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Saving text files using WriteFile

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I am writing a small program at the moment and have managed to save a text file. I've noticed however that it doesn't save the attributes of the text like the text colour etc and I just wondering if it was possible to save these attributes too. The code looks like:
#include <stdio.h>
#include <stdlib.h>
#include <windows.h>

int main(int argc, char *argv[])
{
  HANDLE hIn;
  HANDLE hOut;
  
  //console stuff
  hIn = GetStdHandle(STD_INPUT_HANDLE);
  hOut = GetStdHandle(STD_OUTPUT_HANDLE);

  char string[100] = "Hello";
  //File stuff
  HANDLE hFile;
  DWORD dwBytesRead = 100;//10 * 10 * sizeof(CharInfo) structure
  DWORD dwBytesWritten;

  hFile = CreateFile("original.txt",  
        GENERIC_READ | GENERIC_WRITE,   
        0, NULL,OPEN_ALWAYS, FILE_ATTRIBUTE_NORMAL, NULL);
        
  CHAR_INFO temp[100];//storage for the saved file

  ReadFile(hFile, temp, dwBytesRead, &dwBytesWritten, NULL);
  printf("Temp is: %s\n", temp);

  //Set the text colour
  SetConsoleTextAttribute(hOut, FOREGROUND_RED | FOREGROUND_INTENSITY);

  printf("String is: %s\n", string);

  WriteFile(hFile, string, dwBytesRead, &dwBytesWritten, NULL);
  printf("%d Bytes written\n", dwBytesWritten);
  
  ReadFile(hFile, temp, dwBytesRead, &dwBytesWritten, NULL);
  printf("Temp is: %s\n", temp);

  system("PAUSE");	
  return 0;
}

When you run the program the first time the output is something like: Temp is:(text colour is white) (text colour is red) String is: Hello 100 bytes written Temp is: The second time the output is: Temp is: Hello(text colour is white) (text colour is red) String is: Hello 100 bytes written Temp is: Hello So is it possible to save the attributes of the text too and if so how?

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A plain old text file (*.txt) doesn't include formatting data like color, font, and size, since that's all a txt file is: plain old text. Either you can make you own file format or use some other format that already includes formatting in it.

That's all I can help with.

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Quote:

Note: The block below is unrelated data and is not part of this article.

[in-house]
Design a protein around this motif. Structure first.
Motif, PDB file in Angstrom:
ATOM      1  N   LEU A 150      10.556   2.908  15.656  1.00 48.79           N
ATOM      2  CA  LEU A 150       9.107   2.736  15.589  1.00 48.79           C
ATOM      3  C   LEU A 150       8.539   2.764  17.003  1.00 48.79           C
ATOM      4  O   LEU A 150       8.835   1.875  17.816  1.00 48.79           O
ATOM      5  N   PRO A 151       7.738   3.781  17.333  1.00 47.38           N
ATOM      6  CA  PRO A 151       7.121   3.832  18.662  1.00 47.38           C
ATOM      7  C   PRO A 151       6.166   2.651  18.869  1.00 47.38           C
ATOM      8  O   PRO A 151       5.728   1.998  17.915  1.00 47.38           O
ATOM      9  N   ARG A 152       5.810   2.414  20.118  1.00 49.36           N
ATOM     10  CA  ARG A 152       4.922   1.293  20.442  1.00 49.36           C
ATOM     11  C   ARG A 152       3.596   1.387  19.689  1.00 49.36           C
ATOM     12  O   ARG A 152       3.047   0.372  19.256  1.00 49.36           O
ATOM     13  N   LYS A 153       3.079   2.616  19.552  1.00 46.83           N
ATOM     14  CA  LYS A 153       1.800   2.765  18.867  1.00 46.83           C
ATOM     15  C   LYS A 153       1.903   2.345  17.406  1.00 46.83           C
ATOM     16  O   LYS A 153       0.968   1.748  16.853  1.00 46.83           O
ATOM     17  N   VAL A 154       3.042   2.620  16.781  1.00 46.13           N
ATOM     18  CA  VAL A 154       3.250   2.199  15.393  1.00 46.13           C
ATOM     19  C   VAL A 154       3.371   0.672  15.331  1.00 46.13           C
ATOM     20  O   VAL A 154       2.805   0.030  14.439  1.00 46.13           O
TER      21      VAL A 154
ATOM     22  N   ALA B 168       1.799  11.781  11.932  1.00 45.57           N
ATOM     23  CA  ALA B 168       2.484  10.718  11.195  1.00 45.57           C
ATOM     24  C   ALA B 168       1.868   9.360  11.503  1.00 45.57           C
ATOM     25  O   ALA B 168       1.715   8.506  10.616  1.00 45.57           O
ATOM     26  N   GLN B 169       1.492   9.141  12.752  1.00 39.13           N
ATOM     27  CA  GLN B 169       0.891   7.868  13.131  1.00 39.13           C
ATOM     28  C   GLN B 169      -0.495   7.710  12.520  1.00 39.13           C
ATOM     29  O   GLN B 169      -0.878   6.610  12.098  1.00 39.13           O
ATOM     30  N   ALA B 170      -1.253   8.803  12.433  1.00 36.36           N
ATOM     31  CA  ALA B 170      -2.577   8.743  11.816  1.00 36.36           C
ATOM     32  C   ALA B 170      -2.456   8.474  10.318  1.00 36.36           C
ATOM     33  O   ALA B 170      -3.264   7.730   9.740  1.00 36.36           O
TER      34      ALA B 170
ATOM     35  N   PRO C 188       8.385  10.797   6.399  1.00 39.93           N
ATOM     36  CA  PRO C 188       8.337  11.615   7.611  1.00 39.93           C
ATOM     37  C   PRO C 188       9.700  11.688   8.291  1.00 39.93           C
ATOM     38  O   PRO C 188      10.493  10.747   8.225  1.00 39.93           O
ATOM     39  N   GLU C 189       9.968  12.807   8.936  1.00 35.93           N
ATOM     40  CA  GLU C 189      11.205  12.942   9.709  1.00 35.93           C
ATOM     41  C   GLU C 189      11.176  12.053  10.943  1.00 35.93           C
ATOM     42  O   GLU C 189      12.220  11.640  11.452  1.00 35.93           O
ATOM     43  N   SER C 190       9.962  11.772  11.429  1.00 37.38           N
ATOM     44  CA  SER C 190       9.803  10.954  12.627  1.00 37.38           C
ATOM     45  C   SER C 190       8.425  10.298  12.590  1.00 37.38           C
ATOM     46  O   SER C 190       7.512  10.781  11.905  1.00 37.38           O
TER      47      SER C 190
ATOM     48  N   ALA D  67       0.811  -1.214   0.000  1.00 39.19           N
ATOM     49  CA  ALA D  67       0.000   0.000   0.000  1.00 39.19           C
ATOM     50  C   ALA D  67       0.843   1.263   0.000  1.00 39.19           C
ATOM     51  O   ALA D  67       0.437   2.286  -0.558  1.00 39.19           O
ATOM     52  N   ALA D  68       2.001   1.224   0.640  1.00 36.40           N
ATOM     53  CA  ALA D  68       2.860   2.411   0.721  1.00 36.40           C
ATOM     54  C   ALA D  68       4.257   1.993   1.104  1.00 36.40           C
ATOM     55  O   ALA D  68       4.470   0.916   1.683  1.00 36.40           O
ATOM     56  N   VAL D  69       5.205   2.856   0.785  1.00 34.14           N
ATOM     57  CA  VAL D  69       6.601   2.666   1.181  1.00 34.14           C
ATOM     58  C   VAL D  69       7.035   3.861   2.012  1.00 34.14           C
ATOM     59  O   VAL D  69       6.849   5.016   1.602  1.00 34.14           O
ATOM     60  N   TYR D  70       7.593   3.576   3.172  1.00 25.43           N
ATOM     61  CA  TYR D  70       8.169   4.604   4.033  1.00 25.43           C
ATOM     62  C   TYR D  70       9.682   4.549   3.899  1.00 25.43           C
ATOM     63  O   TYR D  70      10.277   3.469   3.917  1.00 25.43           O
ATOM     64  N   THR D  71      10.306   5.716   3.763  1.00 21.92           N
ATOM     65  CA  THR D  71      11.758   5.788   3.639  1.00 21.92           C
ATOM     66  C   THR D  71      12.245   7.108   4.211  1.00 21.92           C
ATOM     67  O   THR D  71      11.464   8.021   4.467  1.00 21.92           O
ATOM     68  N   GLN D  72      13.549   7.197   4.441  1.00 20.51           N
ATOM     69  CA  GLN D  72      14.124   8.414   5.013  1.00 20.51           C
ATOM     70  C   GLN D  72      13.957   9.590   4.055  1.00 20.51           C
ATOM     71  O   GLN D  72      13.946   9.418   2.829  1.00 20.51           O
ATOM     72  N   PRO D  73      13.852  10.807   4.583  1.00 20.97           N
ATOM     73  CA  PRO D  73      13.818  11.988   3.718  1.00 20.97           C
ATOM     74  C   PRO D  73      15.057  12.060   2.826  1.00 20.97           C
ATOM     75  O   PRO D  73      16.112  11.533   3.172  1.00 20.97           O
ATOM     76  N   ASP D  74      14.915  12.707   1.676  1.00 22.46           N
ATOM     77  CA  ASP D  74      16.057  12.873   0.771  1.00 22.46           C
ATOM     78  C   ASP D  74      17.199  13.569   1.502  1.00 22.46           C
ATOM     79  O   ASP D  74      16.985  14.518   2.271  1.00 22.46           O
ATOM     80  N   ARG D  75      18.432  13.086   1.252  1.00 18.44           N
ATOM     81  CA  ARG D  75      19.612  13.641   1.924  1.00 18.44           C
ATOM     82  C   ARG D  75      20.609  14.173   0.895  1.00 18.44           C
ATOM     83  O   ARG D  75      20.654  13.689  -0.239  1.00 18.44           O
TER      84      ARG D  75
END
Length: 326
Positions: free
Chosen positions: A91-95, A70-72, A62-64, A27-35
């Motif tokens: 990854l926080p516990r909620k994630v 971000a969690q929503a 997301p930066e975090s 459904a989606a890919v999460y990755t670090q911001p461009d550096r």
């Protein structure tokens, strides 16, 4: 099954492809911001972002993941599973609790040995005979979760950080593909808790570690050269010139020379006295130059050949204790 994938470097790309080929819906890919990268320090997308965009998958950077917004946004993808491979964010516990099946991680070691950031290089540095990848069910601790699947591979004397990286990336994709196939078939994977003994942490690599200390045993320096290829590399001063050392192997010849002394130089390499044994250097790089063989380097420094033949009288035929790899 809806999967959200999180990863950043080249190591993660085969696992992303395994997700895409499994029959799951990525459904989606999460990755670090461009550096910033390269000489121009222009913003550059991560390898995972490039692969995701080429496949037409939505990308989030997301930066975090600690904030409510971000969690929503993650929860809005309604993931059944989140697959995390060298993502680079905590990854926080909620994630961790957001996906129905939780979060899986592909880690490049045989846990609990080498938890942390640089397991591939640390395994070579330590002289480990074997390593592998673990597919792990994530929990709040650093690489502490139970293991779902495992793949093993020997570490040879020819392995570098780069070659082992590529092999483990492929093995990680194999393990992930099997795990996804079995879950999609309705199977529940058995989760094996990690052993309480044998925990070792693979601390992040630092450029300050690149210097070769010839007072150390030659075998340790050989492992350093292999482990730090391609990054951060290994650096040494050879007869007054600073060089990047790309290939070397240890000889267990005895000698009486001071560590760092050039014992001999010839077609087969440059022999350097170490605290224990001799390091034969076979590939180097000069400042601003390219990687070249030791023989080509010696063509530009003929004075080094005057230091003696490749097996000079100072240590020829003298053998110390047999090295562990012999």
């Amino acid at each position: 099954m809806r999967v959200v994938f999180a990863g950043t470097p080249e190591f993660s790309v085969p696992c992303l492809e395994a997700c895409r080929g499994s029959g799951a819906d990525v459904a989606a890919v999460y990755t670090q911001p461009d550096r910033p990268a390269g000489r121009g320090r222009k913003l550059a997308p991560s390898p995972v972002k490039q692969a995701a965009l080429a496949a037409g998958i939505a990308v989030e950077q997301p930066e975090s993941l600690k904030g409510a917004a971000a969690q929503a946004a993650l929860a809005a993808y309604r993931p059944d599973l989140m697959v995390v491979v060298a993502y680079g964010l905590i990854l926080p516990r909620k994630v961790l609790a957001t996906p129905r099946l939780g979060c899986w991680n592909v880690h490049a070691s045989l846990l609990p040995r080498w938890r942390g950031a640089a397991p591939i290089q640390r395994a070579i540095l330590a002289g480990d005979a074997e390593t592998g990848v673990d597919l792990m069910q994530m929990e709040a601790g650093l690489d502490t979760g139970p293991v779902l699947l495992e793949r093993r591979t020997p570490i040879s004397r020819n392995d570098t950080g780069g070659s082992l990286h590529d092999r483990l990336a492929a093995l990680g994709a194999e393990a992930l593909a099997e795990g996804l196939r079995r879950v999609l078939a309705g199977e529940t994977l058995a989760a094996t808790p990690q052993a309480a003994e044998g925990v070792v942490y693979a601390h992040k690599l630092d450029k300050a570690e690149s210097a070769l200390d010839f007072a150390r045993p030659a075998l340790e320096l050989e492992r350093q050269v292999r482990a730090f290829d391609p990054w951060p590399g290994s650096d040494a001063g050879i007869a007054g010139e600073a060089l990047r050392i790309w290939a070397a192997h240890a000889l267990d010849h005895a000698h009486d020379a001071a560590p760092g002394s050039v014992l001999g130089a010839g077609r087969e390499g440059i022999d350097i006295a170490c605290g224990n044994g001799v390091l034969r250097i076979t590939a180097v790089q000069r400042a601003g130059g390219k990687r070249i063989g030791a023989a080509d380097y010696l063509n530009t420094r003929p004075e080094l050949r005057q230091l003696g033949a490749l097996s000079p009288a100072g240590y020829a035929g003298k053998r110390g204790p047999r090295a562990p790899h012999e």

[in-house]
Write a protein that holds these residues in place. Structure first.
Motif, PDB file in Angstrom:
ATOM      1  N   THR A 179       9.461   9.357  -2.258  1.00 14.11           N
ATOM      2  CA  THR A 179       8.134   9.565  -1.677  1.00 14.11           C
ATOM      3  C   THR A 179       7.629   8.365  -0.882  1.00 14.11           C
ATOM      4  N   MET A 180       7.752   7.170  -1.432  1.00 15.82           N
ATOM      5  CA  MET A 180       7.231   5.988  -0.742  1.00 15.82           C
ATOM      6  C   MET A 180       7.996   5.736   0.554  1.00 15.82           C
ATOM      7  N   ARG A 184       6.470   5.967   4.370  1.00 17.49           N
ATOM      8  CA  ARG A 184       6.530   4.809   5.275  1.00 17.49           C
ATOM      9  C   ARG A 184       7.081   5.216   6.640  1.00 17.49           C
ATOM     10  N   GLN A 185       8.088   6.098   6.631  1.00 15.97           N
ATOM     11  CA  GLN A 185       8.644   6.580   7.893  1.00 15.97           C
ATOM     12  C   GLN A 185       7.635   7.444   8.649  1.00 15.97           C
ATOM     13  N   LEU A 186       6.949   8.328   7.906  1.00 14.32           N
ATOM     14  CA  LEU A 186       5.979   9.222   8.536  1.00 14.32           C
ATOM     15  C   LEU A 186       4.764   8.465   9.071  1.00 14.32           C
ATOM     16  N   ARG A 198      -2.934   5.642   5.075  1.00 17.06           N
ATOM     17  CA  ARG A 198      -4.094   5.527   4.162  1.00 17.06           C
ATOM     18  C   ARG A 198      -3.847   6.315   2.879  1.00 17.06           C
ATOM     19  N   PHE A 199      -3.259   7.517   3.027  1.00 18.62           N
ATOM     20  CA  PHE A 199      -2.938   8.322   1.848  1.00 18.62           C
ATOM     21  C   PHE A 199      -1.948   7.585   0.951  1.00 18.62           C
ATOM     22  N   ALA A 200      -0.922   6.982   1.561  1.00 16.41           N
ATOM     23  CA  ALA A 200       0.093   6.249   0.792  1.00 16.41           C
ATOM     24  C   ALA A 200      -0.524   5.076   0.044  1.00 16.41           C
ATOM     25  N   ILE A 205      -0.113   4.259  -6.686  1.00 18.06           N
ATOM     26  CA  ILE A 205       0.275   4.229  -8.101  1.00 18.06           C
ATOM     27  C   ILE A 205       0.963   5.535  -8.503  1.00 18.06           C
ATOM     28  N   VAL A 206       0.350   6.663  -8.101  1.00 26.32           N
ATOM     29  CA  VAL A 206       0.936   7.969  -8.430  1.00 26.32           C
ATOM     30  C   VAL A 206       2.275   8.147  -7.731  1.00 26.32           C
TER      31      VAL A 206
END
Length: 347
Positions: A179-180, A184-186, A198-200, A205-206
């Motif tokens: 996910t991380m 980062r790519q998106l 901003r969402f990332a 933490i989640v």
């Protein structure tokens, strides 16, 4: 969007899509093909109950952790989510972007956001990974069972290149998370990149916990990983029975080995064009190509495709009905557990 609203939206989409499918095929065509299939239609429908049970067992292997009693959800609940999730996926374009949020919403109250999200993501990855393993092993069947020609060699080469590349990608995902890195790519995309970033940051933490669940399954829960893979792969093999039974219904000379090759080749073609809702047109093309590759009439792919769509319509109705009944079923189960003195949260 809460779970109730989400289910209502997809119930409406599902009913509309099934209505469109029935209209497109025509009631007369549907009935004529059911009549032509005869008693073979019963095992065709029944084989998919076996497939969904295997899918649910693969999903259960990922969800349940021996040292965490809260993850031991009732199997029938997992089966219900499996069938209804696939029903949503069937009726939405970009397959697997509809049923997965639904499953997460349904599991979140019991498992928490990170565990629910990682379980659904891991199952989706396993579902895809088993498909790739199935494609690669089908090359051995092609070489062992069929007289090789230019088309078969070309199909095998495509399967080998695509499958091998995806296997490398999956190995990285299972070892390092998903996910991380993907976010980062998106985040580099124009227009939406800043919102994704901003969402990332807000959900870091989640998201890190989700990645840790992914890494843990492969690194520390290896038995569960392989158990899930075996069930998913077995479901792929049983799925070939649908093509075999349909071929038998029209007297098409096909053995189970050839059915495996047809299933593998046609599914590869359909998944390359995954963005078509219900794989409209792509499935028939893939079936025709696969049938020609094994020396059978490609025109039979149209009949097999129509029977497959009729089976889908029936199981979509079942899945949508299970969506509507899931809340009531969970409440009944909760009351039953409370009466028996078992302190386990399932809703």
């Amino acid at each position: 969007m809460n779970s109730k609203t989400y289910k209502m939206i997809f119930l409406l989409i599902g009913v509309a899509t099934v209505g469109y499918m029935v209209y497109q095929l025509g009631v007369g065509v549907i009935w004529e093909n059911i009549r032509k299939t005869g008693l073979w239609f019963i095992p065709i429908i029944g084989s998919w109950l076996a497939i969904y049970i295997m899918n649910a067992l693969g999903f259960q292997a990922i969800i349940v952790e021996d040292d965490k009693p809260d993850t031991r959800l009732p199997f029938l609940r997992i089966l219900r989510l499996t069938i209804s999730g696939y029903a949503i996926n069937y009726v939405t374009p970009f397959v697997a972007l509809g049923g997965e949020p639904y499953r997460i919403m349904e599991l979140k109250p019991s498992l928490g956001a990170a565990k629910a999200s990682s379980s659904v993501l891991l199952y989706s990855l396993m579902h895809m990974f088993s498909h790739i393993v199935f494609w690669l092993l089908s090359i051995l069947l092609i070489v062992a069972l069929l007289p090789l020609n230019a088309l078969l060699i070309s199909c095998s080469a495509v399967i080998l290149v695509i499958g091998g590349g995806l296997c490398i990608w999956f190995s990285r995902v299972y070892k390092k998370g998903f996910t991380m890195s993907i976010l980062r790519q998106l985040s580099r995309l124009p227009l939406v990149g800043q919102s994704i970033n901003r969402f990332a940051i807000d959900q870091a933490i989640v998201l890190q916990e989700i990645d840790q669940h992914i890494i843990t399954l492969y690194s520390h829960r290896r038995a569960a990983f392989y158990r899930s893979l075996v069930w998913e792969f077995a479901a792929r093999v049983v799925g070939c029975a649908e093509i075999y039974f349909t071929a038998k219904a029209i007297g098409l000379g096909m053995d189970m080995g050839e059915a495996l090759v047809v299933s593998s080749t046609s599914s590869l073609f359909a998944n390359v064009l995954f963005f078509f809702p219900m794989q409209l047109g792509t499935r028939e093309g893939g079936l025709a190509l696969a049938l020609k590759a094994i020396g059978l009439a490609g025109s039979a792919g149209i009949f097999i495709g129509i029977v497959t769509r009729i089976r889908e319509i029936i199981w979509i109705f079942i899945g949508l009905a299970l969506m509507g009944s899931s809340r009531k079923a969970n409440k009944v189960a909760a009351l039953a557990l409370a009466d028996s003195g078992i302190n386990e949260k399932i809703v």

Original post by popcorn
How would you go about making your own file format though?


That, I don't know; though, I swear there was an article around here somewhere on how to do it but I can't find it. It was by Dino something.

I've just started C++ and have very basic knowledge of Java and research papers don't really help with the learning process...

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You could use HTML i.e. Text HERE or <span style="color:red">Text HERE</span>

Then all you have to do is open it with a web browser to see in color.

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I have found the article I think you were referring to cutthepeace but I don't think I need something as complex as that. I think if I just write the text colour out along with the text to the file then that should work. Something like the following should do I think:


#include <stdio.h>
#include <stdlib.h>
#include <windows.h>

typedef struct textInfo
{
int colour;
char text[100];
}textInfo;

int main(int argc, char *argv[])
{
HANDLE hIn;
HANDLE hOut;

//console stuff
hIn = GetStdHandle(STD_INPUT_HANDLE);
hOut = GetStdHandle(STD_OUTPUT_HANDLE);

char string[100] = "Hello";
//File stuff
HANDLE hFile;
DWORD dwBytesRead = 110;
DWORD dwBytesWritten;

hFile = CreateFile("original.txt",
GENERIC_READ | GENERIC_WRITE,
0, NULL,OPEN_ALWAYS, FILE_ATTRIBUTE_NORMAL, NULL);

textInfo textInfo[2];
int memForTextInfo;

memForTextInfo = sizeof(textInfo);

ReadFile(hFile, &textInfo[0], dwBytesRead, &dwBytesWritten, NULL);
SetConsoleTextAttribute(hOut, textInfo[0].colour);
printf("textInfo[0].colour is: %d\n", textInfo[0].colour);
printf("textInfo[0].text is: %s\n", textInfo[0].text);

//Set the text colour
SetConsoleTextAttribute(hOut, FOREGROUND_RED | FOREGROUND_INTENSITY);

textInfo[0].colour = FOREGROUND_RED | FOREGROUND_INTENSITY;
strcpy(textInfo[0].text, string);

printf("String is: %s\n", string);

WriteFile(hFile, &textInfo[0], dwBytesRead, &dwBytesWritten, NULL);
printf("%d Bytes written\n", dwBytesWritten);
printf("textInfo[0].colour is: %d\n", textInfo[0].colour);
printf("textInfo[0].text is: %s\n", textInfo[0].text);

ReadFile(hFile, &textInfo[0], memForTextInfo, &dwBytesWritten, NULL);
printf("%d Bytes written\n", dwBytesWritten);
printf("textInfo[0].colour is: %d\n", textInfo[0].colour);
printf("textInfo[0].text is: %s\n", textInfo[0].text);

system("PAUSE");
return 0;
}



I just really added the following structure to the program

typedef struct textInfo
{
int colour;
char text[100];
}textInfo;

and then read/write into an array of these structures.

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